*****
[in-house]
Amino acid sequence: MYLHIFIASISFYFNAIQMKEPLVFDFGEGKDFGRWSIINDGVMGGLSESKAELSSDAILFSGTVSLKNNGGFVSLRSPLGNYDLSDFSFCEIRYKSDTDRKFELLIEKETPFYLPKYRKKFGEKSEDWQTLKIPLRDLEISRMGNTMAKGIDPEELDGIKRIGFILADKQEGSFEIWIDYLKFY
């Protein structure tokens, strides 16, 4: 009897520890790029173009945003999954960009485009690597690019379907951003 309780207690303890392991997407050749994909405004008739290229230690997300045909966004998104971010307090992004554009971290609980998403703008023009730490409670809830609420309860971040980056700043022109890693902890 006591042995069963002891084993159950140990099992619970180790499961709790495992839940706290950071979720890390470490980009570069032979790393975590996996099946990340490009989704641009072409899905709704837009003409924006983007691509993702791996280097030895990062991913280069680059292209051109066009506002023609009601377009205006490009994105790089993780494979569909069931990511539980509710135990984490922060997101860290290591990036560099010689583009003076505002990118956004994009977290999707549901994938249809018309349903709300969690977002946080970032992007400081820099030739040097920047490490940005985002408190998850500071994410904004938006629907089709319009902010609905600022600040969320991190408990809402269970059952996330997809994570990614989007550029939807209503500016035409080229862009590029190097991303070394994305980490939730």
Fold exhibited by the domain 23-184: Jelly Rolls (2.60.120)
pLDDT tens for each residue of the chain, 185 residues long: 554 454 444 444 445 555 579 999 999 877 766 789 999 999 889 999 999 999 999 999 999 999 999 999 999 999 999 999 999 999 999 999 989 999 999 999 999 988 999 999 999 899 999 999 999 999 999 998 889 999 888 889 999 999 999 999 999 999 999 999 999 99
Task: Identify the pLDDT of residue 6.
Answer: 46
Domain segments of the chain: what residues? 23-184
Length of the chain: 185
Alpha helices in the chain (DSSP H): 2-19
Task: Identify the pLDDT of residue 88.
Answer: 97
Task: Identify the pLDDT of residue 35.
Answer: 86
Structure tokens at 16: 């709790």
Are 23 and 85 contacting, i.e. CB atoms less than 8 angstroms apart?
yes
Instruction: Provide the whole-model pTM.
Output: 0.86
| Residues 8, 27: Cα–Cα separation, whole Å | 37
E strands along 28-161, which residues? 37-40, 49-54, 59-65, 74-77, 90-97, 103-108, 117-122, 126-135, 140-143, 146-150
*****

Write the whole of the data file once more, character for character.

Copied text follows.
[in-house]
Amino acid sequence: MYLHIFIASISFYFNAIQMKEPLVFDFGEGKDFGRWSIINDGVMGGLSESKAELSSDAILFSGTVSLKNNGGFVSLRSPLGNYDLSDFSFCEIRYKSDTDRKFELLIEKETPFYLPKYRKKFGEKSEDWQTLKIPLRDLEISRMGNTMAKGIDPEELDGIKRIGFILADKQEGSFEIWIDYLKFY
């Protein structure tokens, strides 16, 4: 009897520890790029173009945003999954960009485009690597690019379907951003 309780207690303890392991997407050749994909405004008739290229230690997300045909966004998104971010307090992004554009971290609980998403703008023009730490409670809830609420309860971040980056700043022109890693902890 006591042995069963002891084993159950140990099992619970180790499961709790495992839940706290950071979720890390470490980009570069032979790393975590996996099946990340490009989704641009072409899905709704837009003409924006983007691509993702791996280097030895990062991913280069680059292209051109066009506002023609009601377009205006490009994105790089993780494979569909069931990511539980509710135990984490922060997101860290290591990036560099010689583009003076505002990118956004994009977290999707549901994938249809018309349903709300969690977002946080970032992007400081820099030739040097920047490490940005985002408190998850500071994410904004938006629907089709319009902010609905600022600040969320991190408990809402269970059952996330997809994570990614989007550029939807209503500016035409080229862009590029190097991303070394994305980490939730």
Fold exhibited by the domain 23-184: Jelly Rolls (2.60.120)
pLDDT tens for each residue of the chain, 185 residues long: 554 454 444 444 445 555 579 999 999 877 766 789 999 999 889 999 999 999 999 999 999 999 999 999 999 999 999 999 999 999 999 999 989 999 999 999 999 988 999 999 999 899 999 999 999 999 999 998 889 999 888 889 999 999 999 999 999 999 999 999 999 99
Task: Identify the pLDDT of residue 6.
Answer: 46
Domain segments of the chain: what residues? 23-184
Length of the chain: 185
Alpha helices in the chain (DSSP H): 2-19
Task: Identify the pLDDT of residue 88.
Answer: 97
Task: Identify the pLDDT of residue 35.
Answer: 86
Structure tokens at 16: 């709790």
Are 23 and 85 contacting, i.e. CB atoms less than 8 angstroms apart?
yes
Instruction: Provide the whole-model pTM.
Output: 0.86
| Residues 8, 27: Cα–Cα separation, whole Å | 37
E strands along 28-161, which residues? 37-40, 49-54, 59-65, 74-77, 90-97, 103-108, 117-122, 126-135, 140-143, 146-150